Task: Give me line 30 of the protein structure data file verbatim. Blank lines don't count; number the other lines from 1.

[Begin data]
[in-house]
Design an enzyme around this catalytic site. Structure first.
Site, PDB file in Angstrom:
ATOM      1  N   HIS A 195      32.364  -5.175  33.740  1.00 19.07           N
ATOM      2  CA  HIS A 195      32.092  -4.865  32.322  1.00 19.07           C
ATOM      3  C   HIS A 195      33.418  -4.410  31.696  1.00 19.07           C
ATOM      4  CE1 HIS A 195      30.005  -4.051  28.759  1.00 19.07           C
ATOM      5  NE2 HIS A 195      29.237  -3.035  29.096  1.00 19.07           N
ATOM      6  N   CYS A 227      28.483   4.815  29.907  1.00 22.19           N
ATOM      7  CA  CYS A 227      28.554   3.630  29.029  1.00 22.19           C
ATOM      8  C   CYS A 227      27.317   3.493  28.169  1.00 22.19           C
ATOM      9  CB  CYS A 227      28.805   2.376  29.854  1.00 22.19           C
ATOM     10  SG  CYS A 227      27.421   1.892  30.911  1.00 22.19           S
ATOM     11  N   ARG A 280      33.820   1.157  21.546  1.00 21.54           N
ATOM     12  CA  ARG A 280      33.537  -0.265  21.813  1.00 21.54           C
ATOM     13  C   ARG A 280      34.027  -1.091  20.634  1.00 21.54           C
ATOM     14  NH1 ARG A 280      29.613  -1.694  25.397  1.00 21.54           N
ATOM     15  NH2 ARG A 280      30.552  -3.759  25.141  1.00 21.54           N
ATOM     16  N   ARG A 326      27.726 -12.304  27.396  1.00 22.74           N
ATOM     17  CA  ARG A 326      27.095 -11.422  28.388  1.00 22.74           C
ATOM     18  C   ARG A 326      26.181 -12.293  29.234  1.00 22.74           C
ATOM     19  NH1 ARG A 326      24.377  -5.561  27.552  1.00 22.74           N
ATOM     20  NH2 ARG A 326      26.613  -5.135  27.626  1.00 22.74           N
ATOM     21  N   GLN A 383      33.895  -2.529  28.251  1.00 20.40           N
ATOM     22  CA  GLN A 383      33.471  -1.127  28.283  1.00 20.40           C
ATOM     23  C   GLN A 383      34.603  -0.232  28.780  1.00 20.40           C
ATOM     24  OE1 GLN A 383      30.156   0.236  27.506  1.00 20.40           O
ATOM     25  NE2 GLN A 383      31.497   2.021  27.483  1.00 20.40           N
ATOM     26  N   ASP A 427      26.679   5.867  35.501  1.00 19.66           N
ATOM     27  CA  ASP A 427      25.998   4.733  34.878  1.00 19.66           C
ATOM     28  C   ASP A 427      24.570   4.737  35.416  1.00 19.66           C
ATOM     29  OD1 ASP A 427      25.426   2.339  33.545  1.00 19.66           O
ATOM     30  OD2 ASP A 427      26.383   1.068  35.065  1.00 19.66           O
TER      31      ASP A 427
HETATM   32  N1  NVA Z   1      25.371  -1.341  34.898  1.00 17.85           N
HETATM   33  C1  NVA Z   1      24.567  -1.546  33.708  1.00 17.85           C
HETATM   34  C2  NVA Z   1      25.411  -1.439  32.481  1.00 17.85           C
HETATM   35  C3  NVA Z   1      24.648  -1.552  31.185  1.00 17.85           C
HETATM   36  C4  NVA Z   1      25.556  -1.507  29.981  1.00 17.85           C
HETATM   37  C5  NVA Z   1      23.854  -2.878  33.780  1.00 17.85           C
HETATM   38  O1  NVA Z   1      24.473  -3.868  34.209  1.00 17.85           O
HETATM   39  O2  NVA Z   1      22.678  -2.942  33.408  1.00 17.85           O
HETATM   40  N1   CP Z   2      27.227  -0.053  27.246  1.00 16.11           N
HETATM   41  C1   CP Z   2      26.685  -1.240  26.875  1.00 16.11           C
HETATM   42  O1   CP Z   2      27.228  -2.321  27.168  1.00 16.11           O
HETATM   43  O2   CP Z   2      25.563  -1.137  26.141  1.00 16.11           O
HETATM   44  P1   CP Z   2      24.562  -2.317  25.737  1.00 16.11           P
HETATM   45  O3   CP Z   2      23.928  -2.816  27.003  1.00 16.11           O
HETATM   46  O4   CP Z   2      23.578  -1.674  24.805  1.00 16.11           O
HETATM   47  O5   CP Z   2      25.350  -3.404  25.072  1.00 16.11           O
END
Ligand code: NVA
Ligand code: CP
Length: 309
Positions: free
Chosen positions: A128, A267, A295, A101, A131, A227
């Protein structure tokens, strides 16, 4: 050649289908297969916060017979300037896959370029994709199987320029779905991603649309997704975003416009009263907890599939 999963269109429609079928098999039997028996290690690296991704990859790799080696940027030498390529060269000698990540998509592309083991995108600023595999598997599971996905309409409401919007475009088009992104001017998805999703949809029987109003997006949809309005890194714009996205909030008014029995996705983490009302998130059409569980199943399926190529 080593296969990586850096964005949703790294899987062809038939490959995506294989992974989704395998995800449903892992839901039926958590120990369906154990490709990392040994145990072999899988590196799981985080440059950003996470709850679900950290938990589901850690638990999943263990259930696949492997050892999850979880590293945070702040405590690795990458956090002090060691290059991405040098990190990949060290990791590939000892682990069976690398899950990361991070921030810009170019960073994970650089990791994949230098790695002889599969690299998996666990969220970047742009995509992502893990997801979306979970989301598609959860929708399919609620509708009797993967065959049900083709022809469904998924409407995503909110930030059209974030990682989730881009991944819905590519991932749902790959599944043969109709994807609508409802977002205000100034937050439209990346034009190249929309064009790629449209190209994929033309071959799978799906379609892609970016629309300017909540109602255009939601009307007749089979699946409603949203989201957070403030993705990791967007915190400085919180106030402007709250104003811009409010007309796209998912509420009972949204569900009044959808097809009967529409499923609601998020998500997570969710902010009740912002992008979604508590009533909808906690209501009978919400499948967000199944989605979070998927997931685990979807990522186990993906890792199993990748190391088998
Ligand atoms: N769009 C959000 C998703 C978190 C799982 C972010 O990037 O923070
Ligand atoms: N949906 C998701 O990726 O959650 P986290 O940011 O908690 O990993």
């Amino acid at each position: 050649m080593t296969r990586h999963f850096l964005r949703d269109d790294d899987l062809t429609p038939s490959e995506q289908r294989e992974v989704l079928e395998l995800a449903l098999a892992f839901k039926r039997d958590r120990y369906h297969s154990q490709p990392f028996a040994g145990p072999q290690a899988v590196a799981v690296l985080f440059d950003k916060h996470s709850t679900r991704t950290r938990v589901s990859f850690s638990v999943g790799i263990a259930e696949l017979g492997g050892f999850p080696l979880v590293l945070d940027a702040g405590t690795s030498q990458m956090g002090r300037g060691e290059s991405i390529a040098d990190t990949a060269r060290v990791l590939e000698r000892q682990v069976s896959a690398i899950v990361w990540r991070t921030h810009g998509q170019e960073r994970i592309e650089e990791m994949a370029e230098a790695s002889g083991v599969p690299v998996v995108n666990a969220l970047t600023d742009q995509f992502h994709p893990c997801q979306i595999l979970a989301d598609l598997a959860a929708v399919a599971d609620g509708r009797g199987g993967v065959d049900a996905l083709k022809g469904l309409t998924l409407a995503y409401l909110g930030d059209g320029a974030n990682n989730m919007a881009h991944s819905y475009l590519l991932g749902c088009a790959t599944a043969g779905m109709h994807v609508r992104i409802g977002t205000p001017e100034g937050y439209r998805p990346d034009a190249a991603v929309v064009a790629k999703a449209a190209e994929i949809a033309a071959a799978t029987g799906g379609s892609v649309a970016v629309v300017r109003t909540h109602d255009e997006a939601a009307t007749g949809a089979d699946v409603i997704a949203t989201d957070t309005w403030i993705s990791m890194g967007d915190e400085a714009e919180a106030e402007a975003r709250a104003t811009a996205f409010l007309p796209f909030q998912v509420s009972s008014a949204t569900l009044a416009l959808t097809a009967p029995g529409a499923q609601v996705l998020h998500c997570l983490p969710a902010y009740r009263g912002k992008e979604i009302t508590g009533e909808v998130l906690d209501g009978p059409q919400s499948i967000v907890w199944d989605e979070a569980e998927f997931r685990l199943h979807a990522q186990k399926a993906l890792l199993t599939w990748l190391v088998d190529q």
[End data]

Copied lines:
ATOM     27  CA  ASP A 427      25.998   4.733  34.878  1.00 19.66           C